Emergency Department counseling program sees addiction as treatable disease, not someone with a problem
While concern over the COVID-19 pandemic has dominated the headlines over the past year, another public health crisis has been lurking in plain sight: the drug epidemic.
The U.S. Centers for Disease Control and Prevention estimates that more than 100,000 Americans — including about 10,000 in California — died of drug overdoses during the year-long period that ended April 2021. It marks the first time more than 100,000 people have died from a drug overdose in a 12-month period and a 200% increase since 2015.
“There are numerous factors driving the rapid rise of drug overdose deaths in the U.S, including the proliferation of synthetic opioids that are highly concentrated and the increased mental health needs of our community due to the pandemic,” said Aimee Moulin, professor of emergency medicine at UC Davis Health. “However, one of the biggest issues contributing to this increase is how we treat addiction. We need to start looking at addiction as a disease that is treatable rather than a moral failing.”
Substance Use Navigator Program
To better address substance abuse, UC Davis Health’s Department of Emergency Medicine is utilizing its Substance Use Navigator program, which began as a two-year pilot in August 2015. The program has positioned UC Davis Health as a leader in California and across the nation in addressing the opiate crisis.
“Addiction is highly treatable and success rates are much better than other chronic illnesses,” explained Moulin. “Unfortunately, often patients are only given behavioral interventions. But the best treatment is behavioral intervention combined with medications, just as we treat other diseases like diabetes or hypertension.”
A recent study showed that treatment with medication, initiated in the emergency department, with counseling was more effective than other intervention methods. Nearly twice as many opioid-dependent patients were in addiction treatment at 30 days after emergency department-initiated medication treatment.
UC Davis Health’s Substance Use Navigator program identifies substance abuse-addicted patients in the emergency department. Providers then assign them to addiction specialists who start them on medications like buprenorphine, morphine or methadone. These significantly reduce withdrawal symptoms. Once stabilized, patients are then connected with one of the department's patient navigators. The navigators are certified drug and alcohol counselors who connects them with local rehabilitation programs and can customize treatment plans.
There are four certified drug and alcohol abuse counselors working in UC Davis Health’s Emergency Department as patient navigators. One of them is Tommie Trevino, who has been part of the program since its inception in 2015.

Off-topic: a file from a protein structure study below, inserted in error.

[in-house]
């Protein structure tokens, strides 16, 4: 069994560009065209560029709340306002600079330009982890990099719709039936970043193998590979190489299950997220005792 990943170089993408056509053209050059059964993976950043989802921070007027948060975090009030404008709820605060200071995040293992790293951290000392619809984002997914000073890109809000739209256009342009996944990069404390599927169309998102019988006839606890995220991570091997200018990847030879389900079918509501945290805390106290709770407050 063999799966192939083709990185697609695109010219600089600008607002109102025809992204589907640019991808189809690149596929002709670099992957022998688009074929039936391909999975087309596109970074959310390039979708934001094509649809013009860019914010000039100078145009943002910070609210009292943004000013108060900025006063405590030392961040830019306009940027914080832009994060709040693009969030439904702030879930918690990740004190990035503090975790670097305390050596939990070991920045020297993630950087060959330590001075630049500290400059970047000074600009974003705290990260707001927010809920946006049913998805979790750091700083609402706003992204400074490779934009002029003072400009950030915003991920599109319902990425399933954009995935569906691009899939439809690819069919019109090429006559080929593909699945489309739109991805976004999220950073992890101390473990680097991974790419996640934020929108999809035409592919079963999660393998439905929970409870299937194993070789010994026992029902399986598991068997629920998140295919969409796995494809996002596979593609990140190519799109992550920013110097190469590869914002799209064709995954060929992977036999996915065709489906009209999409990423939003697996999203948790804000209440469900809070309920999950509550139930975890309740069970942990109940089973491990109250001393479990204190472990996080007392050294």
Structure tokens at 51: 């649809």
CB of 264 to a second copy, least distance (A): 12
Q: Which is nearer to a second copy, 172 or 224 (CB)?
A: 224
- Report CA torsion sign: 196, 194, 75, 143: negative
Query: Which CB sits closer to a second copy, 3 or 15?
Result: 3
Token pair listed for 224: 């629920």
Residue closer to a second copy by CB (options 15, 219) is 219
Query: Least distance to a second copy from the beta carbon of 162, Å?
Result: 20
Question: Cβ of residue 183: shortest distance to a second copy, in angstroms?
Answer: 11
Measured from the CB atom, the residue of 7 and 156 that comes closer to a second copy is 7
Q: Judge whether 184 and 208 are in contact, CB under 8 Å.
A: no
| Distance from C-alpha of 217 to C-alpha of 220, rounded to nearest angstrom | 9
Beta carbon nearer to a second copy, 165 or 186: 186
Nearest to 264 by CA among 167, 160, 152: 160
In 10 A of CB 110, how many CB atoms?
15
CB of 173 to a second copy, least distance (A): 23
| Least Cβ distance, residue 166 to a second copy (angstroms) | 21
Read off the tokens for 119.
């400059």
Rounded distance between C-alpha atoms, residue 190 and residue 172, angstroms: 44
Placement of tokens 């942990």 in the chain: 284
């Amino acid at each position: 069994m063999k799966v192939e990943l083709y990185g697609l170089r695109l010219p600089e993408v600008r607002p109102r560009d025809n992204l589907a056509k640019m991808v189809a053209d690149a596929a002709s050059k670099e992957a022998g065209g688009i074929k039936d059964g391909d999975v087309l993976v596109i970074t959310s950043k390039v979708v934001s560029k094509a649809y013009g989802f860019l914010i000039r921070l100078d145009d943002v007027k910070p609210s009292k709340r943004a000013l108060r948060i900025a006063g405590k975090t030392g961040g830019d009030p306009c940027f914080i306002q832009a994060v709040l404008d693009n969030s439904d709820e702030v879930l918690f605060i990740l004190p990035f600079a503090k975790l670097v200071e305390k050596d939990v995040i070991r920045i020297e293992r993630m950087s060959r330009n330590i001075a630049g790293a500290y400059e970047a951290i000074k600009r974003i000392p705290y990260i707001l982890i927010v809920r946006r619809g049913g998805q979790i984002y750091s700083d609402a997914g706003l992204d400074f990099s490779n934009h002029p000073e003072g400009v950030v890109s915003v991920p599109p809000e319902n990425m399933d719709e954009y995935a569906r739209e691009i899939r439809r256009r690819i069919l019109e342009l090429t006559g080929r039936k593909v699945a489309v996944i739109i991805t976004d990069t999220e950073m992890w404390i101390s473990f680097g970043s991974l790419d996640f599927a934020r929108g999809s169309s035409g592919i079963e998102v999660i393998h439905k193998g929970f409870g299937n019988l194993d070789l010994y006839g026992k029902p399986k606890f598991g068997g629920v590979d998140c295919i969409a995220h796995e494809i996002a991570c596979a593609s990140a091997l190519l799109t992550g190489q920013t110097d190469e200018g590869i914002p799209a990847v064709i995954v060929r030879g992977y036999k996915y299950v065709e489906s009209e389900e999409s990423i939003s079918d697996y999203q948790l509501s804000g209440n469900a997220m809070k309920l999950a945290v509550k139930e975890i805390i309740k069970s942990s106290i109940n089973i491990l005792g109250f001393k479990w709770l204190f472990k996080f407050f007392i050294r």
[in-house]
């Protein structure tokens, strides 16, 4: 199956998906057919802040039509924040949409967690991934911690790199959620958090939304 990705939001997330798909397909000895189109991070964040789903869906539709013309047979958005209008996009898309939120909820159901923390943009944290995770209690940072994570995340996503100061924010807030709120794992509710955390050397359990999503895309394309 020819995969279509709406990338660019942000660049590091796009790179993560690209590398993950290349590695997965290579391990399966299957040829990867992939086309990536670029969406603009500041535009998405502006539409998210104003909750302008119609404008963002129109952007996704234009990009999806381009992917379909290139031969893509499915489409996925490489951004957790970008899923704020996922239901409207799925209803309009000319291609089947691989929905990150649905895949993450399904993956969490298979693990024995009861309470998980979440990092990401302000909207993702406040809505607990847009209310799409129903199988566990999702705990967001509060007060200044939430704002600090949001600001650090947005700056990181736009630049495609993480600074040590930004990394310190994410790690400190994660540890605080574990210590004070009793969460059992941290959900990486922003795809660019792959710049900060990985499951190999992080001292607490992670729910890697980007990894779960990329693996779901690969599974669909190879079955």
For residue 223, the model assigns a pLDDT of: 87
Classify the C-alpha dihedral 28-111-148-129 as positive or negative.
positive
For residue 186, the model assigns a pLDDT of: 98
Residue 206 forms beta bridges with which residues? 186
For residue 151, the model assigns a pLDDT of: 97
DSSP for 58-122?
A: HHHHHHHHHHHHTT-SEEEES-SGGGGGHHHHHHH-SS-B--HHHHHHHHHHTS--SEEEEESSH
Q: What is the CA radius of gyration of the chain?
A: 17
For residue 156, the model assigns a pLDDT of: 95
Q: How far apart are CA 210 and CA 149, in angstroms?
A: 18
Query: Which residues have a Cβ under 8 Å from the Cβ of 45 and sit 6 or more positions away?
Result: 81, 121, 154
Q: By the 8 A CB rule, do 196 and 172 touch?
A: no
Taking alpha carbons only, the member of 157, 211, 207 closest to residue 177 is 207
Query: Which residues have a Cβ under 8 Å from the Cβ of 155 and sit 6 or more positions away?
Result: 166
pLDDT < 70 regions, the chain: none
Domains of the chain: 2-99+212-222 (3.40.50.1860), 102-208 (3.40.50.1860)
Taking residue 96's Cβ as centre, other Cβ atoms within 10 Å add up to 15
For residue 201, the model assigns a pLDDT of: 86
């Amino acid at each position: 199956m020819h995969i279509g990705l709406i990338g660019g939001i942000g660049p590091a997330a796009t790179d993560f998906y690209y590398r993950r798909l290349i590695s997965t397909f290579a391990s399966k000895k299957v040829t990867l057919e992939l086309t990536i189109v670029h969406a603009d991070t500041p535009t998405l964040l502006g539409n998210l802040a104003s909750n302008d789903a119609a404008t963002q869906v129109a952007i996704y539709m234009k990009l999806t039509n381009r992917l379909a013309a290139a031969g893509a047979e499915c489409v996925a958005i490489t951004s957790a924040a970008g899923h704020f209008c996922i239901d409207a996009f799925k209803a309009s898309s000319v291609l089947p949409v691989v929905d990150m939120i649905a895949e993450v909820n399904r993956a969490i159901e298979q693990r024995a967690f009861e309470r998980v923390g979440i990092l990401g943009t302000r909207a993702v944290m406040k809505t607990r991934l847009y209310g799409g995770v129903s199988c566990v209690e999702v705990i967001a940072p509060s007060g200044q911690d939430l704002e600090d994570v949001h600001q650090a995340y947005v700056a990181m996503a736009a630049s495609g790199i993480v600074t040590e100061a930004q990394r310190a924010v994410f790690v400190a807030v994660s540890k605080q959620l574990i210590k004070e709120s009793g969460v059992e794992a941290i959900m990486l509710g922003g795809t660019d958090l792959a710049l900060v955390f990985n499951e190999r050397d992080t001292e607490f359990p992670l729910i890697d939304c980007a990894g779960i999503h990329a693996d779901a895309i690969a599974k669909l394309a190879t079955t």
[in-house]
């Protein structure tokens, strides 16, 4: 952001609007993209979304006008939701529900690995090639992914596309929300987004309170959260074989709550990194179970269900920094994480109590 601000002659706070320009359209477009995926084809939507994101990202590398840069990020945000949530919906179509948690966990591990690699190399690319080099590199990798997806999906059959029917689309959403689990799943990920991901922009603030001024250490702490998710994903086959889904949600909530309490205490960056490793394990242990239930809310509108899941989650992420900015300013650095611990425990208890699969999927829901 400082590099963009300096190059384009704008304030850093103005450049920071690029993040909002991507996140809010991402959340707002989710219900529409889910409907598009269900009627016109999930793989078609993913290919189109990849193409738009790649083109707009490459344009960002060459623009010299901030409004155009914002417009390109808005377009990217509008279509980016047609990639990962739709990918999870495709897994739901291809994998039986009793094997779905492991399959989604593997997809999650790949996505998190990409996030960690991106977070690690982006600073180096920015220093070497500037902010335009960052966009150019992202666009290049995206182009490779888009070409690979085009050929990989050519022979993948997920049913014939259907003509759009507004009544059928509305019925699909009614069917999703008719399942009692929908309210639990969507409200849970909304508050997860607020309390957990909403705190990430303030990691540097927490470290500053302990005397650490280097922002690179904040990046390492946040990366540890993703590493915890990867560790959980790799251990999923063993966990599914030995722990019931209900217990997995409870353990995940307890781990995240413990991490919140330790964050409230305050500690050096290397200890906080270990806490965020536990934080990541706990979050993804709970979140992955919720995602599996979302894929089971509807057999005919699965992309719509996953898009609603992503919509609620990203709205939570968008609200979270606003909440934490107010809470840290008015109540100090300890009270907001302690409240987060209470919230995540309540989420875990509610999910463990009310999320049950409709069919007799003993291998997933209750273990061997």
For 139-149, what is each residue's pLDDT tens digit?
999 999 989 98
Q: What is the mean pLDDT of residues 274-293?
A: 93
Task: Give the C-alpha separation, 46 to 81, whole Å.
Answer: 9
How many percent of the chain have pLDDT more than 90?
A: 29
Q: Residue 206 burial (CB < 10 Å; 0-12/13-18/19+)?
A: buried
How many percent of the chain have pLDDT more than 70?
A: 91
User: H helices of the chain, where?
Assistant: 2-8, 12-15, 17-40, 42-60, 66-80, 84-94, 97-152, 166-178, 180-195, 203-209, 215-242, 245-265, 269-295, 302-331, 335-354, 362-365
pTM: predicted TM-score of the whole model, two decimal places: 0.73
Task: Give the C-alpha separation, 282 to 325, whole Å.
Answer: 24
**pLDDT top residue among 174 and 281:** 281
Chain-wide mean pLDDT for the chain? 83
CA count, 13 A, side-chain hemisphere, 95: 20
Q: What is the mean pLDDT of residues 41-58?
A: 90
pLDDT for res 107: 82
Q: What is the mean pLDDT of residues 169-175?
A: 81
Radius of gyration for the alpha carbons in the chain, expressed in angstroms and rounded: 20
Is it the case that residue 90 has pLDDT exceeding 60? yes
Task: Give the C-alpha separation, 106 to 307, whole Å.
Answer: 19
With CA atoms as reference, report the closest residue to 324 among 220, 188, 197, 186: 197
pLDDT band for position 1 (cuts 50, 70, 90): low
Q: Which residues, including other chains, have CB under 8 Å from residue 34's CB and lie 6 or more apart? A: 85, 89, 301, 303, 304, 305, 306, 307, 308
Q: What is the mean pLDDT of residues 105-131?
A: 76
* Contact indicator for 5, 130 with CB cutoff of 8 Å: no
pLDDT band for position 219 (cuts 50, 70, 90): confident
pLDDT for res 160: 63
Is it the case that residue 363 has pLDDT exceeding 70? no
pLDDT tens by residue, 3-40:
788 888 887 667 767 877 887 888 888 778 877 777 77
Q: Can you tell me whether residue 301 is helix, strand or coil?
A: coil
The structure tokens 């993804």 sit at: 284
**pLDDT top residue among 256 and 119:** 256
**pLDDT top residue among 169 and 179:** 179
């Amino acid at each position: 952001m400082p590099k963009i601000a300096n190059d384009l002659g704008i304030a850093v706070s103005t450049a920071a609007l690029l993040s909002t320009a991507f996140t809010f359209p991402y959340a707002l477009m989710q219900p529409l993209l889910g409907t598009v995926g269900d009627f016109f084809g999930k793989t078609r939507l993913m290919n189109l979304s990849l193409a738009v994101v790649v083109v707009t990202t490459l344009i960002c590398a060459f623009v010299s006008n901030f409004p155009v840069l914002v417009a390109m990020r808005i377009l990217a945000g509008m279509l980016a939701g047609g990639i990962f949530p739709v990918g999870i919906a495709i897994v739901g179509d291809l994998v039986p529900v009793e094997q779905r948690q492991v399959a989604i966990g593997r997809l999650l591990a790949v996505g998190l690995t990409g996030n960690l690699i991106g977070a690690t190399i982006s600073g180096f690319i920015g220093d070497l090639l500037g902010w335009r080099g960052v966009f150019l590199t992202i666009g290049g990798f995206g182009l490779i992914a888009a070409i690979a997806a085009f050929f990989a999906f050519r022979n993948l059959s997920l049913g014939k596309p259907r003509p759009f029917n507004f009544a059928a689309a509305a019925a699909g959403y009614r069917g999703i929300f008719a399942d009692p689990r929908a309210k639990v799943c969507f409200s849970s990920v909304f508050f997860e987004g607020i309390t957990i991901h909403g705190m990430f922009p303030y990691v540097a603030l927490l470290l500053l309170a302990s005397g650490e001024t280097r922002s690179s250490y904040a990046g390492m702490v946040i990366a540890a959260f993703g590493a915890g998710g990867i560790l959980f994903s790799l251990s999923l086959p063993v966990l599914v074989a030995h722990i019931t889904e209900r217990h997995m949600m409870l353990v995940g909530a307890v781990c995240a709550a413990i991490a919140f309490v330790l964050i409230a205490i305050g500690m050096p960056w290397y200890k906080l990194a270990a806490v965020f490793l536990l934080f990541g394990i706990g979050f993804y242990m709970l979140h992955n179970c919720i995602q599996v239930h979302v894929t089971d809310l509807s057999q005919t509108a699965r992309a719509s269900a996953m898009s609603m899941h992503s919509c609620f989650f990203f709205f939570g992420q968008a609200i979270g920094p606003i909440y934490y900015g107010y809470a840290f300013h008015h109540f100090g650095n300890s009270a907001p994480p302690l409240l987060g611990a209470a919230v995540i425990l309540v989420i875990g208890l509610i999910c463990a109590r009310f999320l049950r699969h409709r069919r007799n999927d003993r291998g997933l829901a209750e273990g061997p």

“Alcohol and drug addiction are not really well understood,” Trevino said. “It has a stigma. There is a real need for patience and understanding, and people seeing addiction as a disease rather than someone with a problem.”
Currently, over 70% of patients treated in UC Davis Medical Center’s emergency department for a substance abuse disorder are engaged in outpatient treatment after discharge.
“When patients come to the Emergency Department for drugs or alcohol, they’re depressed, afraid and ashamed,” said Trevino. “As a patient navigator, I’m here to establish a relationship with them and give them hope. Once we have built that trust, we can guide them through accessing resources and provide a treatment plan with options to support their push to change.”
As a patient navigator, I’m here to establish a relationship with them and give them hope. Once we have built that trust, we can guide them through accessing resources and provide a treatment plan with options to support their push to change.”
Expanding substance abuse treatment
In an effort to expand drug and alcohol abuse counseling to more emergency departments throughout California, UC Davis Health is collaborating with California Bridge, a non-profit working to make it possible for people who use drugs to get treatment at any hospital in the state, wherever and whenever they need it.
Together, they’re training physicians on best practices for prescribing medications, teaching the medical model of addiction to reduce stigma around addiction, and helping foster working relationships with addiction treatment facilities.
“The goal of the California Bridge program is to provide 24-7 access to high quality treatment of substance use disorders in all California hospitals by 2025,” said Moulin, who is also a co-principal investigator of California Bridge.
Currently, California Bridge has implemented this model in 135 hospitals throughout the state.
“All people deserve rapid access to addiction treatment, and we are working hard to provide it,” said Moulin.
We need to start looking at addiction as a disease that is treatable rather than a moral failing.”